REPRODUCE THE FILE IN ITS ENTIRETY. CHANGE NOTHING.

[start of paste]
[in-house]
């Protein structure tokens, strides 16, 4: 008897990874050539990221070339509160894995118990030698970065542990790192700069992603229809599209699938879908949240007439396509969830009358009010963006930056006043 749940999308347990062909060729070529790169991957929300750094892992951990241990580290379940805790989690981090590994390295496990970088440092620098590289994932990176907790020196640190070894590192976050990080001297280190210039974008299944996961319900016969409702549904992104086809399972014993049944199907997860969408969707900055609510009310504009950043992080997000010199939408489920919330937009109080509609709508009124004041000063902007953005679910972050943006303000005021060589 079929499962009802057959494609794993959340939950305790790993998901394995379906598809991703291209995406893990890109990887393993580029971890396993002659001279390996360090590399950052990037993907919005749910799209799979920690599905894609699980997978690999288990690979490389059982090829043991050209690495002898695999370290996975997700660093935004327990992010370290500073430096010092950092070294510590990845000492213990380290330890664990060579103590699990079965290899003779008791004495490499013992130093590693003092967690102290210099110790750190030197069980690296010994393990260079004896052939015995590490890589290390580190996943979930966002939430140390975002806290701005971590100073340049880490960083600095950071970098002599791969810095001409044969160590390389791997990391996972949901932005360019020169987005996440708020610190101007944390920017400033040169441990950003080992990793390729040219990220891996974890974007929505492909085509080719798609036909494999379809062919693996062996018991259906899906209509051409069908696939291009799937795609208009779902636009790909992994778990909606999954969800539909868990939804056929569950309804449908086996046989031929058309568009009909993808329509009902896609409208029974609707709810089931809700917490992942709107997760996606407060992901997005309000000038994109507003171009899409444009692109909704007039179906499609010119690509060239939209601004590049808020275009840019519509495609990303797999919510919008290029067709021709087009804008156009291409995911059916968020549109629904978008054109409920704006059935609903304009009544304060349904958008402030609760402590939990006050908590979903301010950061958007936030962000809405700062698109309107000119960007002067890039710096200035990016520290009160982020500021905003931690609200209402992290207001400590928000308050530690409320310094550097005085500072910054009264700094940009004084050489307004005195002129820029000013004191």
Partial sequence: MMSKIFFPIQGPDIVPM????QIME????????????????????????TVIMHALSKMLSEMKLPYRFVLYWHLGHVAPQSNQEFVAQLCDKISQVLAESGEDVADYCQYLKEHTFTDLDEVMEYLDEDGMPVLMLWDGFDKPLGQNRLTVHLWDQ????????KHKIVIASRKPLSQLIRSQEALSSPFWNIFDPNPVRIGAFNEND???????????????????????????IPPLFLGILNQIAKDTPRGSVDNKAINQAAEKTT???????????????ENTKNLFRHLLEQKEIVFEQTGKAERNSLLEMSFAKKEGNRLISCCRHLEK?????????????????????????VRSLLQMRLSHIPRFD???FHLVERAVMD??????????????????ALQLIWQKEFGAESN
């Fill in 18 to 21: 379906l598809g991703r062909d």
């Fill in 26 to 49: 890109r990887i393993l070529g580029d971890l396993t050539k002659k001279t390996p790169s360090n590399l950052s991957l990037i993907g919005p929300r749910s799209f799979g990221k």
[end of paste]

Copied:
[in-house]
């Protein structure tokens, strides 16, 4: 008897990874050539990221070339509160894995118990030698970065542990790192700069992603229809599209699938879908949240007439396509969830009358009010963006930056006043 749940999308347990062909060729070529790169991957929300750094892992951990241990580290379940805790989690981090590994390295496990970088440092620098590289994932990176907790020196640190070894590192976050990080001297280190210039974008299944996961319900016969409702549904992104086809399972014993049944199907997860969408969707900055609510009310504009950043992080997000010199939408489920919330937009109080509609709508009124004041000063902007953005679910972050943006303000005021060589 079929499962009802057959494609794993959340939950305790790993998901394995379906598809991703291209995406893990890109990887393993580029971890396993002659001279390996360090590399950052990037993907919005749910799209799979920690599905894609699980997978690999288990690979490389059982090829043991050209690495002898695999370290996975997700660093935004327990992010370290500073430096010092950092070294510590990845000492213990380290330890664990060579103590699990079965290899003779008791004495490499013992130093590693003092967690102290210099110790750190030197069980690296010994393990260079004896052939015995590490890589290390580190996943979930966002939430140390975002806290701005971590100073340049880490960083600095950071970098002599791969810095001409044969160590390389791997990391996972949901932005360019020169987005996440708020610190101007944390920017400033040169441990950003080992990793390729040219990220891996974890974007929505492909085509080719798609036909494999379809062919693996062996018991259906899906209509051409069908696939291009799937795609208009779902636009790909992994778990909606999954969800539909868990939804056929569950309804449908086996046989031929058309568009009909993808329509009902896609409208029974609707709810089931809700917490992942709107997760996606407060992901997005309000000038994109507003171009899409444009692109909704007039179906499609010119690509060239939209601004590049808020275009840019519509495609990303797999919510919008290029067709021709087009804008156009291409995911059916968020549109629904978008054109409920704006059935609903304009009544304060349904958008402030609760402590939990006050908590979903301010950061958007936030962000809405700062698109309107000119960007002067890039710096200035990016520290009160982020500021905003931690609200209402992290207001400590928000308050530690409320310094550097005085500072910054009264700094940009004084050489307004005195002129820029000013004191």
Partial sequence: MMSKIFFPIQGPDIVPM????QIME????????????????????????TVIMHALSKMLSEMKLPYRFVLYWHLGHVAPQSNQEFVAQLCDKISQVLAESGEDVADYCQYLKEHTFTDLDEVMEYLDEDGMPVLMLWDGFDKPLGQNRLTVHLWDQ????????KHKIVIASRKPLSQLIRSQEALSSPFWNIFDPNPVRIGAFNEND???????????????????????????IPPLFLGILNQIAKDTPRGSVDNKAINQAAEKTT???????????????ENTKNLFRHLLEQKEIVFEQTGKAERNSLLEMSFAKKEGNRLISCCRHLEK?????????????????????????VRSLLQMRLSHIPRFD???FHLVERAVMD??????????????????ALQLIWQKEFGAESN
């Fill in 18 to 21: 379906l598809g991703r062909d």
């Fill in 26 to 49: 890109r990887i393993l070529g580029d971890l396993t050539k002659k001279t390996p790169s360090n590399l950052s991957l990037i993907g919005p929300r749910s799209f799979g990221k």